## Negative Interest Rates

Banks and other financial institutions typically advertise their money market rates using the nominal interest rate, which does not take fees or compounding into account. The effective annual interest rate does take compounding into account and results in a higher rate than the nominal. The more the periods of compounding involved, the higher the ultimate effective interest rate will be. The primary difference between the effective annual interest rate and a nominal interest rate is the compounding periods.

The nominal interest rate is the stated interest rate that does not take into account the effects of compounding interest (or inflation). For this reason, it’s sometimes also called the “quoted” or “advertised” interest rate. An effective annual interest rate is the real return on a savings account or any interest-paying investment when the effects of compounding over time are taken into account. It also reflects the real percentage rate owed in interest on a loan, a credit card, or any other debt.

## Understanding the Effective Annual Interest Rate

Investors and borrowers should also be aware of the effective interest rate, which takes the concept of compounding into account. The effective interest rate is the usage rate that a borrower actually pays on a loan. It can also be considered the market rate of interest or the yield to maturity.

## Limitations on Effective Annual Interest Rates

Most EAR calculations also do not consider the impact of fees such as transaction fees, service fees, or account maintenance fees. On the other hand, the EAR takes into account the effects of compounding interest. It represents the true annual interest rate after accounting for the effect of compounding interest, and it is typically higher than the nominal interest rate. The term “interest rate” is one of the most commonly used phrases in the fixed-income investment lexicon.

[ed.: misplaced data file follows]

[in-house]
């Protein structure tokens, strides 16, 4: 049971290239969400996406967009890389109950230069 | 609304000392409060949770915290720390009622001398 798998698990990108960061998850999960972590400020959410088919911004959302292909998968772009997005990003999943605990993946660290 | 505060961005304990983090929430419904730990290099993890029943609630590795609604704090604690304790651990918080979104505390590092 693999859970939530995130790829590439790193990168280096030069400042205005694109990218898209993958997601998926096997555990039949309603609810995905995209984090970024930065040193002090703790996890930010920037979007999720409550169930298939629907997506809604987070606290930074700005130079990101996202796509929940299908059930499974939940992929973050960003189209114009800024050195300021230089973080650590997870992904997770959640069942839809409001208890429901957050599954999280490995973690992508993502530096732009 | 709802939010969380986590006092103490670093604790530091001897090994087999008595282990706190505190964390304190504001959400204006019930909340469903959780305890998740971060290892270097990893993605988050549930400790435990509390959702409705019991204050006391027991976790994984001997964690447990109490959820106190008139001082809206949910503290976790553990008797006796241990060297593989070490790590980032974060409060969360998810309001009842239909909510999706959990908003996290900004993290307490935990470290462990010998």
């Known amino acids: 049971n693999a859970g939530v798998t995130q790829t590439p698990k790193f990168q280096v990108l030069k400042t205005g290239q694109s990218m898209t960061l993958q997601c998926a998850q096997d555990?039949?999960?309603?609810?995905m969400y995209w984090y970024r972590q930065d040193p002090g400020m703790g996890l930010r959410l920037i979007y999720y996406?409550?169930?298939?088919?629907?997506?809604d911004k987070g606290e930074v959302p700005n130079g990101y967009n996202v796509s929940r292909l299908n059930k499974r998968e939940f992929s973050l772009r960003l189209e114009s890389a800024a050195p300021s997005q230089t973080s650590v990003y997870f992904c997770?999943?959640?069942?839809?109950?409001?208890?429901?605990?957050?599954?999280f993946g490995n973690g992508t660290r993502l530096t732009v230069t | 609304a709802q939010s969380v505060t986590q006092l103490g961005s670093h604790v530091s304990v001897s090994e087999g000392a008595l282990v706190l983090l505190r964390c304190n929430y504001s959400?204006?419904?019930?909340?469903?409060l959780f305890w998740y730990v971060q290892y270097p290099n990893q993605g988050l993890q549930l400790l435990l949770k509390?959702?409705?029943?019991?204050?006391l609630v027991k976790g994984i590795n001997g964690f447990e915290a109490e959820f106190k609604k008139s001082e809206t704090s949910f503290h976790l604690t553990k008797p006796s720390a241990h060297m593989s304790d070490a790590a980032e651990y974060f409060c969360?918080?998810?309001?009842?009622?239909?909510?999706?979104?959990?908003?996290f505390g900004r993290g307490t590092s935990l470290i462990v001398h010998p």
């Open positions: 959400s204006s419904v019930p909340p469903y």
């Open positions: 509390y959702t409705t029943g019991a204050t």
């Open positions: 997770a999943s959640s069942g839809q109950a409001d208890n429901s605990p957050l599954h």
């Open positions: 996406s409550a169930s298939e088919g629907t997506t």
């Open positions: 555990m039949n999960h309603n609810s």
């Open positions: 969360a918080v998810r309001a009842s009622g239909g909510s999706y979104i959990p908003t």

## Effective Annual Interest Rate Calculator

This rate may vary from the rate stated on the loan document, based on an analysis of several factors; a higher effective rate might lead a borrower to go to a different lender. These factors are the number of times the debt is compounded during the year, the actual amount of interest paid, and the amount the investor paid for the debt. In this context, the EAR may be used as opposed to the nominal rate when communicate rates in an attempt to lure business of transactions.

## Effective Annual Rate Based on Compounding

Real interest rates are crucial for making informed financial decisions, especially in the context of investments and loans. The real interest rate is so named, because unlike the nominal rate, it factors inflation into the equation, to give investors a more accurate measure of their buying power, after they redeem their positions. If an annually compounding bond lists a 6% nominal yield and the inflation rate is 4%, then the real rate of interest is actually only 2%. The stated annual interest rate and the effective interest rate can be significantly different, due to compounding.